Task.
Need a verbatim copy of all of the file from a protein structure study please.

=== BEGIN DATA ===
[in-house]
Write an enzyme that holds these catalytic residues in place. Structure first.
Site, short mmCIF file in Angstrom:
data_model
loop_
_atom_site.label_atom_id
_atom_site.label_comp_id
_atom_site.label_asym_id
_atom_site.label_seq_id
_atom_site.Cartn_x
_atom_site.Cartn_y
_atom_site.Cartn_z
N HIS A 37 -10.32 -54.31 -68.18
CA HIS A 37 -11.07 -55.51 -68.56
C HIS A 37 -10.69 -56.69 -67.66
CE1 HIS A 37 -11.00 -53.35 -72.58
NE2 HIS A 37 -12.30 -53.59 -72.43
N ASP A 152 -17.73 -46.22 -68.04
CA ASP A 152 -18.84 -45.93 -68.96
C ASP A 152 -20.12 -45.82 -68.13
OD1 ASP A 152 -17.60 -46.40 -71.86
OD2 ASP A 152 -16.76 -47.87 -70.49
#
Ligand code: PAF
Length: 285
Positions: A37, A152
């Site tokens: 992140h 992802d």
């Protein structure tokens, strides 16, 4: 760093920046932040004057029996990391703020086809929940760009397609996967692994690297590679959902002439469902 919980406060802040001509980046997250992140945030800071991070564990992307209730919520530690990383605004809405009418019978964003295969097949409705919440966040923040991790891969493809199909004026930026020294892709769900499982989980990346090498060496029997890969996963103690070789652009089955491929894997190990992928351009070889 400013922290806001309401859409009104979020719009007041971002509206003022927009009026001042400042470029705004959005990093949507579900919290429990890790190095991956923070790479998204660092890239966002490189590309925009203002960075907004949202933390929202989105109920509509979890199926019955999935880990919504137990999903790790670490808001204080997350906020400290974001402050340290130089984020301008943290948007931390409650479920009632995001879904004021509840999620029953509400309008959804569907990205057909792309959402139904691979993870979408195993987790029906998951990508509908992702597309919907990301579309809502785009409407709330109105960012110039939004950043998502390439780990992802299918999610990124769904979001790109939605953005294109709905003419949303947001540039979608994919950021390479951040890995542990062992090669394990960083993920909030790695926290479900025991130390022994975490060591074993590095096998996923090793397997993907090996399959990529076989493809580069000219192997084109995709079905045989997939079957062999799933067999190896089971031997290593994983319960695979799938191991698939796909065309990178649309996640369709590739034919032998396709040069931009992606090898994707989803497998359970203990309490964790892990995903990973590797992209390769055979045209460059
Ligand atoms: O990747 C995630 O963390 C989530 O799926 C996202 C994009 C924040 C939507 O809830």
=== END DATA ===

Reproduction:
[in-house]
Write an enzyme that holds these catalytic residues in place. Structure first.
Site, short mmCIF file in Angstrom:
data_model
loop_
_atom_site.label_atom_id
_atom_site.label_comp_id
_atom_site.label_asym_id
_atom_site.label_seq_id
_atom_site.Cartn_x
_atom_site.Cartn_y
_atom_site.Cartn_z
N HIS A 37 -10.32 -54.31 -68.18
CA HIS A 37 -11.07 -55.51 -68.56
C HIS A 37 -10.69 -56.69 -67.66
CE1 HIS A 37 -11.00 -53.35 -72.58
NE2 HIS A 37 -12.30 -53.59 -72.43
N ASP A 152 -17.73 -46.22 -68.04
CA ASP A 152 -18.84 -45.93 -68.96
C ASP A 152 -20.12 -45.82 -68.13
OD1 ASP A 152 -17.60 -46.40 -71.86
OD2 ASP A 152 -16.76 -47.87 -70.49
#
Ligand code: PAF
Length: 285
Positions: A37, A152
């Site tokens: 992140h 992802d």
């Protein structure tokens, strides 16, 4: 760093920046932040004057029996990391703020086809929940760009397609996967692994690297590679959902002439469902 919980406060802040001509980046997250992140945030800071991070564990992307209730919520530690990383605004809405009418019978964003295969097949409705919440966040923040991790891969493809199909004026930026020294892709769900499982989980990346090498060496029997890969996963103690070789652009089955491929894997190990992928351009070889 400013922290806001309401859409009104979020719009007041971002509206003022927009009026001042400042470029705004959005990093949507579900919290429990890790190095991956923070790479998204660092890239966002490189590309925009203002960075907004949202933390929202989105109920509509979890199926019955999935880990919504137990999903790790670490808001204080997350906020400290974001402050340290130089984020301008943290948007931390409650479920009632995001879904004021509840999620029953509400309008959804569907990205057909792309959402139904691979993870979408195993987790029906998951990508509908992702597309919907990301579309809502785009409407709330109105960012110039939004950043998502390439780990992802299918999610990124769904979001790109939605953005294109709905003419949303947001540039979608994919950021390479951040890995542990062992090669394990960083993920909030790695926290479900025991130390022994975490060591074993590095096998996923090793397997993907090996399959990529076989493809580069000219192997084109995709079905045989997939079957062999799933067999190896089971031997290593994983319960695979799938191991698939796909065309990178649309996640369709590739034919032998396709040069931009992606090898994707989803497998359970203990309490964790892990995903990973590797992209390769055979045209460059
Ligand atoms: O990747 C995630 O963390 C989530 O799926 C996202 C994009 C924040 C939507 O809830």